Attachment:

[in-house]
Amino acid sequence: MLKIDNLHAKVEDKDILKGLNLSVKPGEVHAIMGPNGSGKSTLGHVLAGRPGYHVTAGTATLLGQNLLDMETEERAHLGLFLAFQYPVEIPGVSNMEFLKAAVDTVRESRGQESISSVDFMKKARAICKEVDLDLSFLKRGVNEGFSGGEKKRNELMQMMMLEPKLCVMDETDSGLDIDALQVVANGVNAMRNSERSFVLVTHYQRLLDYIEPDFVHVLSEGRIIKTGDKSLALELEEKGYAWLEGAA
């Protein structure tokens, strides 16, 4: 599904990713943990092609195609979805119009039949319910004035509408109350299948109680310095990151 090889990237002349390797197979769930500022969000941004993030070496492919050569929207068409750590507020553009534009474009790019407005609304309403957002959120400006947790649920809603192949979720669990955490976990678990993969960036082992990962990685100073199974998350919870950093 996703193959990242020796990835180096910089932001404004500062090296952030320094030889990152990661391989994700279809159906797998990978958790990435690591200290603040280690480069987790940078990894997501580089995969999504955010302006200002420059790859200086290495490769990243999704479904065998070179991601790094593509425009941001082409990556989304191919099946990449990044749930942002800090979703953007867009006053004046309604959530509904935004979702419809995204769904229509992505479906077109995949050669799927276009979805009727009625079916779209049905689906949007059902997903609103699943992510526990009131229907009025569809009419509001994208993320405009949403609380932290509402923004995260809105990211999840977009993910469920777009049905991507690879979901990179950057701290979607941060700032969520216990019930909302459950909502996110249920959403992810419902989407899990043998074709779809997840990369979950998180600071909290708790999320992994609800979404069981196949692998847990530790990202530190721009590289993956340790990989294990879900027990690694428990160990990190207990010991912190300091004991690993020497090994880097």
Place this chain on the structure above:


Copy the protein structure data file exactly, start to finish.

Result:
[in-house]
Amino acid sequence: MLKIDNLHAKVEDKDILKGLNLSVKPGEVHAIMGPNGSGKSTLGHVLAGRPGYHVTAGTATLLGQNLLDMETEERAHLGLFLAFQYPVEIPGVSNMEFLKAAVDTVRESRGQESISSVDFMKKARAICKEVDLDLSFLKRGVNEGFSGGEKKRNELMQMMMLEPKLCVMDETDSGLDIDALQVVANGVNAMRNSERSFVLVTHYQRLLDYIEPDFVHVLSEGRIIKTGDKSLALELEEKGYAWLEGAA
């Protein structure tokens, strides 16, 4: 599904990713943990092609195609979805119009039949319910004035509408109350299948109680310095990151 090889990237002349390797197979769930500022969000941004993030070496492919050569929207068409750590507020553009534009474009790019407005609304309403957002959120400006947790649920809603192949979720669990955490976990678990993969960036082992990962990685100073199974998350919870950093 996703193959990242020796990835180096910089932001404004500062090296952030320094030889990152990661391989994700279809159906797998990978958790990435690591200290603040280690480069987790940078990894997501580089995969999504955010302006200002420059790859200086290495490769990243999704479904065998070179991601790094593509425009941001082409990556989304191919099946990449990044749930942002800090979703953007867009006053004046309604959530509904935004979702419809995204769904229509992505479906077109995949050669799927276009979805009727009625079916779209049905689906949007059902997903609103699943992510526990009131229907009025569809009419509001994208993320405009949403609380932290509402923004995260809105990211999840977009993910469920777009049905991507690879979901990179950057701290979607941060700032969520216990019930909302459950909502996110249920959403992810419902989407899990043998074709779809997840990369979950998180600071909290708790999320992994609800979404069981196949692998847990530790990202530190721009590289993956340790990989294990879900027990690694428990160990990190207990010991912190300091004991690993020497090994880097």
Place this chain on the structure above: